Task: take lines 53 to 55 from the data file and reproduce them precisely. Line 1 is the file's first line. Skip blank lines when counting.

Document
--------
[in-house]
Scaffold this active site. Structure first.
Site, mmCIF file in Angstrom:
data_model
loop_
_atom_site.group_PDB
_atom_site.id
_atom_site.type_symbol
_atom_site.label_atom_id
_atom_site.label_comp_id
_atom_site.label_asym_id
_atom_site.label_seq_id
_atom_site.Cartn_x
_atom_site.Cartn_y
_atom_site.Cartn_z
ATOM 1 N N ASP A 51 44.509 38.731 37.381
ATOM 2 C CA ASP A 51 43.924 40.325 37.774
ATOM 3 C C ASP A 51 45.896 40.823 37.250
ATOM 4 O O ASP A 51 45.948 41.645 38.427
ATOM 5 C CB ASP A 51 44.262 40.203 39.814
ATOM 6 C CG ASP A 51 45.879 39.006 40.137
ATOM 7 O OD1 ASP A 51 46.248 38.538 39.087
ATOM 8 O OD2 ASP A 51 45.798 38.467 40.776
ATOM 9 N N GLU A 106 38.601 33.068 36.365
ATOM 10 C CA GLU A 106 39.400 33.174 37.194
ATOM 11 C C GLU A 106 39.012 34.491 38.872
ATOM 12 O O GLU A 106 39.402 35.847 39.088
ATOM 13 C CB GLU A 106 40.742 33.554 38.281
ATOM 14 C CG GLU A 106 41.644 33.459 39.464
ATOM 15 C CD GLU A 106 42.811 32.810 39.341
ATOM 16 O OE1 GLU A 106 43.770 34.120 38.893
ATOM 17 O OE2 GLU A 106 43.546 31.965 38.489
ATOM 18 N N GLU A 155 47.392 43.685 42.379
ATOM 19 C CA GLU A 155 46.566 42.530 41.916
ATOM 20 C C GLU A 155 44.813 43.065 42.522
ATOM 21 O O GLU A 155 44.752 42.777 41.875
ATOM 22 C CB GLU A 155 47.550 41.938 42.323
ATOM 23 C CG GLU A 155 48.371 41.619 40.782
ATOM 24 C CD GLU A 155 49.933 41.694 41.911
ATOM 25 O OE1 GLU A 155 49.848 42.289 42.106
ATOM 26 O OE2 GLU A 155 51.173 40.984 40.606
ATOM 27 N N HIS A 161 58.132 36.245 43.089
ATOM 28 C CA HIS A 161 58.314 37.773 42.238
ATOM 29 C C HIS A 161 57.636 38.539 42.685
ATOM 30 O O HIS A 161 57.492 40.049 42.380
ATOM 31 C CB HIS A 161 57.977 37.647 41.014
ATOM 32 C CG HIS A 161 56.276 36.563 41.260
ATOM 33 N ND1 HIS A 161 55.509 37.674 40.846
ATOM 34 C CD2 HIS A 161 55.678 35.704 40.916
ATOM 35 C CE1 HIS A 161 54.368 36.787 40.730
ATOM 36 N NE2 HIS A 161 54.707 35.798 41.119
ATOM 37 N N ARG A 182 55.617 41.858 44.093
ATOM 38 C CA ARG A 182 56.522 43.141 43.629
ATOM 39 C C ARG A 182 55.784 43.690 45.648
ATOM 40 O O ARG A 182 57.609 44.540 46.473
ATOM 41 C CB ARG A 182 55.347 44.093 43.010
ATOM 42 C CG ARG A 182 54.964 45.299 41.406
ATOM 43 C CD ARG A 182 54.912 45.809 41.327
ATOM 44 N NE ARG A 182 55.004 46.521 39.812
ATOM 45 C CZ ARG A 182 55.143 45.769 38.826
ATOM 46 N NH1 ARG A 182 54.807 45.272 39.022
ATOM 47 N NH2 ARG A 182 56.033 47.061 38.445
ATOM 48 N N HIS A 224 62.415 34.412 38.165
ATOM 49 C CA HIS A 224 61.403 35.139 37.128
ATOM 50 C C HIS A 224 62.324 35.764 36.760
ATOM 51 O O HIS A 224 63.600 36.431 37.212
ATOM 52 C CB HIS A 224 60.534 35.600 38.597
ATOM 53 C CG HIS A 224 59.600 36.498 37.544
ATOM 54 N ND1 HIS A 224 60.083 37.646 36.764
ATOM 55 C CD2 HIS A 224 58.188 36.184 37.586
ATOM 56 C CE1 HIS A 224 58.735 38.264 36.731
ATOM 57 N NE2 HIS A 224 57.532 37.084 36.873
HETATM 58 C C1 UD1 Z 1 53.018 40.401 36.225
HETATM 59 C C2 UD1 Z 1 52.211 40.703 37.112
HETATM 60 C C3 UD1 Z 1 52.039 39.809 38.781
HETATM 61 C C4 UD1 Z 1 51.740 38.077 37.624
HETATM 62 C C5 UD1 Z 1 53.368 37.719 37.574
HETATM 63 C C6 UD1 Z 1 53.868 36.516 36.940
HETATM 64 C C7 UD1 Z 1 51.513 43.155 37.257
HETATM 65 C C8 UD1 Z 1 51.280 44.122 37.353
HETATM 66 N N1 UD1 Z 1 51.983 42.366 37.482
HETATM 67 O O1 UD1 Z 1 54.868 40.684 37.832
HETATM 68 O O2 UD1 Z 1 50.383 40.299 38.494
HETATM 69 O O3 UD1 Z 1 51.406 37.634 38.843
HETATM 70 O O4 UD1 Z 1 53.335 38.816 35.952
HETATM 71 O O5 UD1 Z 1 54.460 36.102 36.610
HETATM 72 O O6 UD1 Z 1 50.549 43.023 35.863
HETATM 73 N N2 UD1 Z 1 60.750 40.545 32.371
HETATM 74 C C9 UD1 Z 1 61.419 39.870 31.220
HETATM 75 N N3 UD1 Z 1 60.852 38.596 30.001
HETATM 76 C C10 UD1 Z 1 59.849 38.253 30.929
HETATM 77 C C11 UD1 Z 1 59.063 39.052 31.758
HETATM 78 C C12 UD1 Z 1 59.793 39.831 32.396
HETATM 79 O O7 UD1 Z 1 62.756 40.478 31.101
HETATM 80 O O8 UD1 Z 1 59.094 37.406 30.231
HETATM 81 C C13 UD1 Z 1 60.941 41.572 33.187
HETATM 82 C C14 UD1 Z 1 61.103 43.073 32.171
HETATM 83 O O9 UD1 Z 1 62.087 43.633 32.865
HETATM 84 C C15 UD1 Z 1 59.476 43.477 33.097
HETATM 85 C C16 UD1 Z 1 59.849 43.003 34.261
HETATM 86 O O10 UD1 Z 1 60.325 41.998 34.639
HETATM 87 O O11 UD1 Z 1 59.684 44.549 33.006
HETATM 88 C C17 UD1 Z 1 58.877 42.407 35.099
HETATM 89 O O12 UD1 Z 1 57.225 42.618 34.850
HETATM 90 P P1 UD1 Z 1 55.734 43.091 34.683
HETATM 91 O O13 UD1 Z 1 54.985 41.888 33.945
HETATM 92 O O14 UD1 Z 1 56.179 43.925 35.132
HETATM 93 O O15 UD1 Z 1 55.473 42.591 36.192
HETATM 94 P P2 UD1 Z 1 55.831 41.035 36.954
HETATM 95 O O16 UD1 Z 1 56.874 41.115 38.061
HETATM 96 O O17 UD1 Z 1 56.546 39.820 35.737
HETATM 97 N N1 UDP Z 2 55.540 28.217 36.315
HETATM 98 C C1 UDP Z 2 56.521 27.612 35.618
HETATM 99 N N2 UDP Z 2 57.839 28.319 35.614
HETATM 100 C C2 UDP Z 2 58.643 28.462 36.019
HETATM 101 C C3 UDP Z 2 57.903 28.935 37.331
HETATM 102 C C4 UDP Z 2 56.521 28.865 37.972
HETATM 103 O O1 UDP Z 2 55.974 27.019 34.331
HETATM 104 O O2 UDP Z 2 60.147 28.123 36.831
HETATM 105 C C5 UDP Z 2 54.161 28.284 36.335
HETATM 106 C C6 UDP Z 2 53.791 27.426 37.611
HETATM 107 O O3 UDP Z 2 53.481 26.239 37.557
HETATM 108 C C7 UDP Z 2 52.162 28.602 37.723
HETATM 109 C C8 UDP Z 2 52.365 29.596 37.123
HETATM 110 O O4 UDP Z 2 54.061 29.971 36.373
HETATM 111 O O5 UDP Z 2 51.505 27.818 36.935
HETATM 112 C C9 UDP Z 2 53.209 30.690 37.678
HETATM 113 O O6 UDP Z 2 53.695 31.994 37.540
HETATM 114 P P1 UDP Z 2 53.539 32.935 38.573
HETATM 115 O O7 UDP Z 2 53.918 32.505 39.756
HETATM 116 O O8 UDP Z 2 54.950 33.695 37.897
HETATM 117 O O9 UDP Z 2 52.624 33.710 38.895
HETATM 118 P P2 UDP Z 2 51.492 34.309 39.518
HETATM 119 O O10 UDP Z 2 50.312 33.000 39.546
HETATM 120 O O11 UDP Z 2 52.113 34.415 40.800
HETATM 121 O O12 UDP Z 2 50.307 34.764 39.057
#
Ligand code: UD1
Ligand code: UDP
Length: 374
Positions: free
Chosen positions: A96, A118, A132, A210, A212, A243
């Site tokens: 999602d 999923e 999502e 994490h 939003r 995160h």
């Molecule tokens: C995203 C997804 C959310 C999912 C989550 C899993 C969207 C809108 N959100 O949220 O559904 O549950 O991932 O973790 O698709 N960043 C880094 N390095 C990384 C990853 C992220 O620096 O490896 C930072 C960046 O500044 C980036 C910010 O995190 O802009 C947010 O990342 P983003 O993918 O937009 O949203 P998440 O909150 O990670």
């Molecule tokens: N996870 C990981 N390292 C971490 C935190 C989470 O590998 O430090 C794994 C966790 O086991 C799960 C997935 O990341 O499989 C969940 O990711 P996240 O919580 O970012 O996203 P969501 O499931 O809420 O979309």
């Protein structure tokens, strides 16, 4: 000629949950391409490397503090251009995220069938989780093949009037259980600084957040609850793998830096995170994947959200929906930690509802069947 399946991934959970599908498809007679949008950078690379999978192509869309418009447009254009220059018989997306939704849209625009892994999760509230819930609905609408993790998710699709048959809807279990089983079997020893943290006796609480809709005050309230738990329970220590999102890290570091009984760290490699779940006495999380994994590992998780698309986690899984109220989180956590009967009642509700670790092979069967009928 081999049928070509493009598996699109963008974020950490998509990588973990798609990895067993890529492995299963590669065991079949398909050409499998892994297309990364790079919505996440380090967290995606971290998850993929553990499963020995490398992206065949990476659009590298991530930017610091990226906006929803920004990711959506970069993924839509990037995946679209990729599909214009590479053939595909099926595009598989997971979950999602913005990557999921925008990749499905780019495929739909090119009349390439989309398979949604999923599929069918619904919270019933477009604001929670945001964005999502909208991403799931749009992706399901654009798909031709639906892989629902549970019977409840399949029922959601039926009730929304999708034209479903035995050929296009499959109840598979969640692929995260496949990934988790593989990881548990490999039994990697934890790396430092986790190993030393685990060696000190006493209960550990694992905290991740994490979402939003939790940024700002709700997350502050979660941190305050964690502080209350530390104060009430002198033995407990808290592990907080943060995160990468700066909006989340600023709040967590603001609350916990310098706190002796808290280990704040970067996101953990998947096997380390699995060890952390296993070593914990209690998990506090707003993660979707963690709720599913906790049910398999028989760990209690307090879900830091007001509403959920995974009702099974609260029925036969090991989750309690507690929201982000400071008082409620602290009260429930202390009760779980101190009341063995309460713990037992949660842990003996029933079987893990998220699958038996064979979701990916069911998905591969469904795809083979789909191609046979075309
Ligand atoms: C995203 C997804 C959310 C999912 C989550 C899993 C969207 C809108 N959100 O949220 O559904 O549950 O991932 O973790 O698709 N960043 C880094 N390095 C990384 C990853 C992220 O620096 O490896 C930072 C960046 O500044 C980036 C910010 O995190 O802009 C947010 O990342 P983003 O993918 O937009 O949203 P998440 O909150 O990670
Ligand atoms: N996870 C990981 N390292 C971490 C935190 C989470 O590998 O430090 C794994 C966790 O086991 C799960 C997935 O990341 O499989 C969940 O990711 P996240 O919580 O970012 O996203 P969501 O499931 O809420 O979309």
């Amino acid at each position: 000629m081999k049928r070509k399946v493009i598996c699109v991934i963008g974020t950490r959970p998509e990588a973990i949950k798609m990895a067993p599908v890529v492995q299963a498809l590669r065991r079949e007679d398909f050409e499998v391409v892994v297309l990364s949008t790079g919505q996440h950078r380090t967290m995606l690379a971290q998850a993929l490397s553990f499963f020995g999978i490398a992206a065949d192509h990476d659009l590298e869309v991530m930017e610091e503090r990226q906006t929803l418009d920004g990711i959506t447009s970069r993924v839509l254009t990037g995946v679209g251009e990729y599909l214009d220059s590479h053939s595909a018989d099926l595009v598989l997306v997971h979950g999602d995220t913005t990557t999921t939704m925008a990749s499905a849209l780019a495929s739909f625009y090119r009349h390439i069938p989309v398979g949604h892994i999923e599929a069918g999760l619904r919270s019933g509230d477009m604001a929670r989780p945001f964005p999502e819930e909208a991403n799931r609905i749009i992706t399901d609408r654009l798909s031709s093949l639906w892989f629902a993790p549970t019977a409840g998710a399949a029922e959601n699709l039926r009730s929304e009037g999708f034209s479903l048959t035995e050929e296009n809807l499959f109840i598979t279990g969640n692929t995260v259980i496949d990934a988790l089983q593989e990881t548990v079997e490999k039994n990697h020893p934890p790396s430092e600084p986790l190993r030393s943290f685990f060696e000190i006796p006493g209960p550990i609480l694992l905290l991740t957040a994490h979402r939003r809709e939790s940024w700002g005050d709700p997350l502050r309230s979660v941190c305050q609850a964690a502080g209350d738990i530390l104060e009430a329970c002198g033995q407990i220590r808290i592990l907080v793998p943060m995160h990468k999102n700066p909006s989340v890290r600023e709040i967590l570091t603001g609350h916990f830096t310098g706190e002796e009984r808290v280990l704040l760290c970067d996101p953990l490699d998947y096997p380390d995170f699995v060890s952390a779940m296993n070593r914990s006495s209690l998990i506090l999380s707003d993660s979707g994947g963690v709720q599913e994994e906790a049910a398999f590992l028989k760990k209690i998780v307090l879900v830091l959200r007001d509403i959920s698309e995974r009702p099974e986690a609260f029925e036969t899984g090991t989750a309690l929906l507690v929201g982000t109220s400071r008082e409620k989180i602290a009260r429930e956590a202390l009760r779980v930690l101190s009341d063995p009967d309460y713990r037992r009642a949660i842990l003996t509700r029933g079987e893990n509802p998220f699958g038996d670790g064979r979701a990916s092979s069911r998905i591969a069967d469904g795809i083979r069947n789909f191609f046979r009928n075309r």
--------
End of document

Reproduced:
ATOM 38 C CA ARG A 182 56.522 43.141 43.629
ATOM 39 C C ARG A 182 55.784 43.690 45.648
ATOM 40 O O ARG A 182 57.609 44.540 46.473